wrote:

Ruchi, you are correct that we have the full taxonomy, but it is highly
unresolved. You can easily expand the case that I gave earlier. Consider:

S = (A, (B, (C, D)))

from 3 inputs:

t_1 = (A, (B, C))
t_2 = (A, (B, D))
t_3 = (A, (B, C, D))

I think that your code would say that the (C, D) group is irrelevant wrt
the first 2 trees, and permitted by the third. So not "in conflict"

My code would call it "unsupported".


Reply to this email directly or view it on GitHub
#156 (comment)
.

ruchiherself commented Jan 30, 2015

My 87 nodes include this case too. I am counting all those nodes that have
0 support, but may have permit, conflict, or irrelevant from all the input
trees.

In your example, (C,D) group will get irrelevant from first two input trees
and permit from the last input tree as you said. So for (C,D)
group, support = 0, permit = 1, conflict = 0, and irrelevant = 2. So (C,D)
group must be in my list since support is 0 for it.

On Fri, Jan 30, 2015 at 1:26 PM, Mark T. Holder notifications@github.com
wrote:

Ruchi, you are correct that we have the full taxonomy, but it is highly
unresolved. You can easily expand the case that I gave earlier. Consider:

S = (A, (B, (C, D)))

from 3 inputs:

t_1 = (A, (B, C))
t_2 = (A, (B, D))
t_3 = (A, (B, C, D))

I think that your code would say that the (C, D) group is irrelevant wrt
the first 2 trees, and permitted by the third. So not "in conflict"

My code would call it "unsupported".


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#156 (comment)
.

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Ah. I see. thanks for clarifying. But I think that our codes would diverge on:

S = (A, (B, (C, D)))

from 4 inputs:

t_1 = (A, (B, C))
t_2 = (A, (B, D))
t_3 = (A, (C, D))
t_4 = (A, (B, C, D))

My code would call still call the (C,D) clade "unsupported" because none of the inputs say that C is closer to D than it is to B

Member

mtholder commented Jan 30, 2015

Ah. I see. thanks for clarifying. But I think that our codes would diverge on:

S = (A, (B, (C, D)))

from 4 inputs:

t_1 = (A, (B, C))
t_2 = (A, (B, D))
t_3 = (A, (C, D))
t_4 = (A, (B, C, D))

My code would call still call the (C,D) clade "unsupported" because none of the inputs say that C is closer to D than it is to B

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ruchiherself Jan 30, 2015

Wait...but your initial definition of "unsupported" doesn't approve of
that.


Unsupported: When I say that a group/node/edge in the synthetic tree is
"unsupported" in this thread, I mean: If we were to collapse this group
into its parent, then the total Robinson-Foulds symmetrict distance (RF)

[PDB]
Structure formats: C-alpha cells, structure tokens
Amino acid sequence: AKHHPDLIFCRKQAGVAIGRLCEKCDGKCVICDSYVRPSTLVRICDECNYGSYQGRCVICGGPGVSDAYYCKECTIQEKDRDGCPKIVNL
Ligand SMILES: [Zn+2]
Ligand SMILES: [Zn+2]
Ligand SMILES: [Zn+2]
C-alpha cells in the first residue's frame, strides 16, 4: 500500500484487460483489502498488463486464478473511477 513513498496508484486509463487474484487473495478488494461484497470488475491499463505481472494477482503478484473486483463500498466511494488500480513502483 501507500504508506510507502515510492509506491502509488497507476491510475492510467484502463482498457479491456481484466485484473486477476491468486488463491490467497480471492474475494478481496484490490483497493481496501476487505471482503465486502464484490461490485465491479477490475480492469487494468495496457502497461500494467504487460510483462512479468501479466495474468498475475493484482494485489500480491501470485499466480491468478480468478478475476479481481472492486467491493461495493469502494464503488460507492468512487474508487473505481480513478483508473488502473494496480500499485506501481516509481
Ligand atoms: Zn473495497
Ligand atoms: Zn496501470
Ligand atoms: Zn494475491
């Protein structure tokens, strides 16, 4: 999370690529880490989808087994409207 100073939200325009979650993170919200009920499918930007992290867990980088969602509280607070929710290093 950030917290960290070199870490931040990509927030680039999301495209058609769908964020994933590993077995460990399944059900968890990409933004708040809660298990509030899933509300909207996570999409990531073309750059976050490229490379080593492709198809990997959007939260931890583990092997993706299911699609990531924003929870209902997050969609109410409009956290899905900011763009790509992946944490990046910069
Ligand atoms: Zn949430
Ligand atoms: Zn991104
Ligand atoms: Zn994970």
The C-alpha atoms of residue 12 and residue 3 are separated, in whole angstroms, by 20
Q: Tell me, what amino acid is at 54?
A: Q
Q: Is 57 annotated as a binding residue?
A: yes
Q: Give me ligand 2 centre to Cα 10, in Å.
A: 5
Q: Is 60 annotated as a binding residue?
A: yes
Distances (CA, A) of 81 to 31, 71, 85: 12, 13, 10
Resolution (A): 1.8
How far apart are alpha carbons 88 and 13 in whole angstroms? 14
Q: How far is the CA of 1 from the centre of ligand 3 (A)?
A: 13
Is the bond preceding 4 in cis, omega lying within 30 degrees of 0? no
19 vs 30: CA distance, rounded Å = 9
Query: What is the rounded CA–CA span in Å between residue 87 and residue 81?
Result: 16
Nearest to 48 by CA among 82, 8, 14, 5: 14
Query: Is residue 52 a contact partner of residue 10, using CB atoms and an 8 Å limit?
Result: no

between the synthetic tree and the set of inputs would not change.

So (C,D) is not "unsupported" group by your definition. Since if we
collapse (C,D) into its parent (B,C,D) in 'S' then R(S,T) becomes 0, but
it was 1 before collapsing.

On Fri, Jan 30, 2015 at 2:14 PM, Mark T. Holder notifications@github.com
wrote:

Ah. I see. thanks for clarifying. But I think that our codes would diverge
on:

S = (A, (B, (C, D)))

from 4 inputs:

t_1 = (A, (B, C))
t_2 = (A, (B, D))
t_3 = (A, (C, D))
t_4 = (A, (B, C, D))

My code would call still call the (C,D) clade "unsupported" because none
of the inputs say that C is closer to D than it is to B


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#156 (comment)
.

ruchiherself commented Jan 30, 2015

Wait...but your initial definition of "unsupported" doesn't approve of
that.


Unsupported: When I say that a group/node/edge in the synthetic tree is
"unsupported" in this thread, I mean: If we were to collapse this group
into its parent, then the total Robinson-Foulds symmetrict distance (RF)

between the synthetic tree and the set of inputs would not change.

So (C,D) is not "unsupported" group by your definition. Since if we
collapse (C,D) into its parent (B,C,D) in 'S' then R(S,T) becomes 0, but
it was 1 before collapsing.

On Fri, Jan 30, 2015 at 2:14 PM, Mark T. Holder notifications@github.com
wrote:

Ah. I see. thanks for clarifying. But I think that our codes would diverge
on:

S = (A, (B, (C, D)))

from 4 inputs:

t_1 = (A, (B, C))
t_2 = (A, (B, D))
t_3 = (A, (C, D))
t_4 = (A, (B, C, D))

My code would call still call the (C,D) clade "unsupported" because none
of the inputs say that C is closer to D than it is to B


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good point. I should have said that the RF distance stays the same or decreases. So the unresolved form of the synthetic tree is at least as good as the resolved form when there is an "unsupported" node.

Sorry for the confusion.

Member

mtholder commented Jan 30, 2015

good point. I should have said that the RF distance stays the same or decreases. So the unresolved form of the synthetic tree is at least as good as the resolved form when there is an "unsupported" node.

Sorry for the confusion.